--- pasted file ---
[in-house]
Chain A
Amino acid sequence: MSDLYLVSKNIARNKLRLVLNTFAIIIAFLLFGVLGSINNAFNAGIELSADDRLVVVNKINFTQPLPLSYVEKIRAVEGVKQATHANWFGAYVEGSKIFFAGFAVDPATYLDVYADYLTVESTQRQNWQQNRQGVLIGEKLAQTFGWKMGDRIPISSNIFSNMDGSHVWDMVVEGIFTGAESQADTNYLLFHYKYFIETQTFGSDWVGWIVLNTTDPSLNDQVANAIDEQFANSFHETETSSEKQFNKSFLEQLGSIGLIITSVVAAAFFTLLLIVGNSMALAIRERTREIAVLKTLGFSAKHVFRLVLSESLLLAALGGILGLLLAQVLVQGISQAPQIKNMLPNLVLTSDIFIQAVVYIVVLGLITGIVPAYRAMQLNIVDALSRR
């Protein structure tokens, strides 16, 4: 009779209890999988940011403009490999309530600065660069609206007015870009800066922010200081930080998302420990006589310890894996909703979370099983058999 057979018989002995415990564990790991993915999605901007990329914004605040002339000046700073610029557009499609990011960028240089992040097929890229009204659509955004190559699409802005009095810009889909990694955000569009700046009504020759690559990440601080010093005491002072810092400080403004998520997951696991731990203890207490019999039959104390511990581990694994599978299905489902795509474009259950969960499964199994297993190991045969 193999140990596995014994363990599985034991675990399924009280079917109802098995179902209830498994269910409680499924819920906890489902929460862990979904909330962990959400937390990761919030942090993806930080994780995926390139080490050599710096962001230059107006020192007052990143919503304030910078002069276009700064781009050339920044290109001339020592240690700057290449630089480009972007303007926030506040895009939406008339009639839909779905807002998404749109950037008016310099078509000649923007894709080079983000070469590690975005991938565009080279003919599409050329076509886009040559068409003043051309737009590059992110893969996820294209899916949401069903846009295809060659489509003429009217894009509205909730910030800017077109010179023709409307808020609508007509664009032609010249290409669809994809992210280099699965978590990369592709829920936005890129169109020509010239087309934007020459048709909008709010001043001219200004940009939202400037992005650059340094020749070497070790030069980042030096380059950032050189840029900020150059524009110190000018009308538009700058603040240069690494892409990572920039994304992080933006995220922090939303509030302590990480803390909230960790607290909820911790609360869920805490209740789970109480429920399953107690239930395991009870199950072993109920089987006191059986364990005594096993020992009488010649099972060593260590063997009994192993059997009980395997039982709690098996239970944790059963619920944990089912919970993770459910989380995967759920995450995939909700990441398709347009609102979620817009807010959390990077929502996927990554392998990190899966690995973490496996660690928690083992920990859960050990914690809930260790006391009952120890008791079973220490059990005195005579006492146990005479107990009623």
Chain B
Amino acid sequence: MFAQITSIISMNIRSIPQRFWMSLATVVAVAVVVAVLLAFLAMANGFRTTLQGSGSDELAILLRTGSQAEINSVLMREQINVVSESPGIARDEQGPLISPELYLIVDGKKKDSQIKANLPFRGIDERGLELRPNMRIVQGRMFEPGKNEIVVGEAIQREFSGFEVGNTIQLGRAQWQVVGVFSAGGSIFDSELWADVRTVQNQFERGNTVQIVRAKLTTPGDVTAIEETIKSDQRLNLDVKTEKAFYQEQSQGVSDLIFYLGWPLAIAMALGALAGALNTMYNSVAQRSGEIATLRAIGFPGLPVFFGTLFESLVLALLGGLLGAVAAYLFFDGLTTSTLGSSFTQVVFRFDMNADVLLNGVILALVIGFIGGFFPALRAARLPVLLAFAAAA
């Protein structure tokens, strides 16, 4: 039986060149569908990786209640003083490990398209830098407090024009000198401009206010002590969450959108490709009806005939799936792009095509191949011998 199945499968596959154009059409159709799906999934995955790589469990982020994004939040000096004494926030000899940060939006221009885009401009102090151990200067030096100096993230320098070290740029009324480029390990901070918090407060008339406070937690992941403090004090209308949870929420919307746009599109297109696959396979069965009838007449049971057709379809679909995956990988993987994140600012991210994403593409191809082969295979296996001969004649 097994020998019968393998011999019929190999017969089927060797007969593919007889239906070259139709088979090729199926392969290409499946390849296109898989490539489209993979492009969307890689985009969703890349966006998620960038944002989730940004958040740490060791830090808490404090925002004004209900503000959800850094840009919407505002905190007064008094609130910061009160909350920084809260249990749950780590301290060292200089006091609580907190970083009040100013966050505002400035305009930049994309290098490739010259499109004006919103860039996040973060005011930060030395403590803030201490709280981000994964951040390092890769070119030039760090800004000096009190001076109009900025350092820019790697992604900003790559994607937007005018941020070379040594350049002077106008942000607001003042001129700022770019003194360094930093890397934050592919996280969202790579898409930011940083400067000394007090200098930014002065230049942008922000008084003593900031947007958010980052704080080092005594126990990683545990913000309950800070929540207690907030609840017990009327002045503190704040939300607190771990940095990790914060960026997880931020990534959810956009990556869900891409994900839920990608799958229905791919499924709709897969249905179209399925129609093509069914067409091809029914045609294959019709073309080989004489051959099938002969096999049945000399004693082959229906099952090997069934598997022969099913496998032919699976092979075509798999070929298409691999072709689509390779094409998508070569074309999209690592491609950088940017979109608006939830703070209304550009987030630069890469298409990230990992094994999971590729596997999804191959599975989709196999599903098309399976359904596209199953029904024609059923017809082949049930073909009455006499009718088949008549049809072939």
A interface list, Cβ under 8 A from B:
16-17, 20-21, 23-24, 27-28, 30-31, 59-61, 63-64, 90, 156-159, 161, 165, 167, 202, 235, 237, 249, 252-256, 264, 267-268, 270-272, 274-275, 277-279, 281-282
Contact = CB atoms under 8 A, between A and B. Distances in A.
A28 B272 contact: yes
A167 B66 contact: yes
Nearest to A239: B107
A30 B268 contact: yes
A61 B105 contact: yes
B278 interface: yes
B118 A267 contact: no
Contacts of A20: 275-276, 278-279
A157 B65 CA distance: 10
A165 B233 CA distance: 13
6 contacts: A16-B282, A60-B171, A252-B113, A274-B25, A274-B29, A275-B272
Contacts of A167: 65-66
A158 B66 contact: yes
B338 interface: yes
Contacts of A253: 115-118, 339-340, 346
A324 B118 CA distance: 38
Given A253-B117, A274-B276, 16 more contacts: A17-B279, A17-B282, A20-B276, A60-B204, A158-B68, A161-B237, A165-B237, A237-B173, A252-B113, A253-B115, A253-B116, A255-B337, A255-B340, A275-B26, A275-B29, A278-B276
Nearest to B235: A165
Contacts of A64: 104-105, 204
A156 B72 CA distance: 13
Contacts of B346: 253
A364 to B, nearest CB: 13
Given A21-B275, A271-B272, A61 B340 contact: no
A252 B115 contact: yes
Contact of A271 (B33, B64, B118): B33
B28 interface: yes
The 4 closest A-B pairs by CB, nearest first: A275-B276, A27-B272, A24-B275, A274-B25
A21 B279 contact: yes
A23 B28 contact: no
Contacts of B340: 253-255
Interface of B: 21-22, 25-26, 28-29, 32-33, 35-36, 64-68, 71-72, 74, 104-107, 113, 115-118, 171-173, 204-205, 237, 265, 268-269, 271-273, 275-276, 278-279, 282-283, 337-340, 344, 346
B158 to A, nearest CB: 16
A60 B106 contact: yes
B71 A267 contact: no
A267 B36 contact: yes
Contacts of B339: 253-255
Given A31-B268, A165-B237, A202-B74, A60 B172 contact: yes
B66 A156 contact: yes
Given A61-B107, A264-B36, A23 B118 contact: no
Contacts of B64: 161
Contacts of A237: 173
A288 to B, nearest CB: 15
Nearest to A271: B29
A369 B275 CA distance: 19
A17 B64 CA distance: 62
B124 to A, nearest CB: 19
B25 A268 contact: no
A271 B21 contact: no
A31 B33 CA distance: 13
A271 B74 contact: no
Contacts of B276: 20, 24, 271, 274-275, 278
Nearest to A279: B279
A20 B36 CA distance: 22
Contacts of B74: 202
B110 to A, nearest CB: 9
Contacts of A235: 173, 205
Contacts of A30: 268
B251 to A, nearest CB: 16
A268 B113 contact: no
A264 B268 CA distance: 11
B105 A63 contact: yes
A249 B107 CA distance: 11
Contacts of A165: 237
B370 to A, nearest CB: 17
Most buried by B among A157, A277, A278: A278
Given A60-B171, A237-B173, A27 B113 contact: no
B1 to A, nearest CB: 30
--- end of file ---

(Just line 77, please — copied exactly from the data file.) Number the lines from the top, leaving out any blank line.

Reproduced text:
B1 to A, nearest CB: 30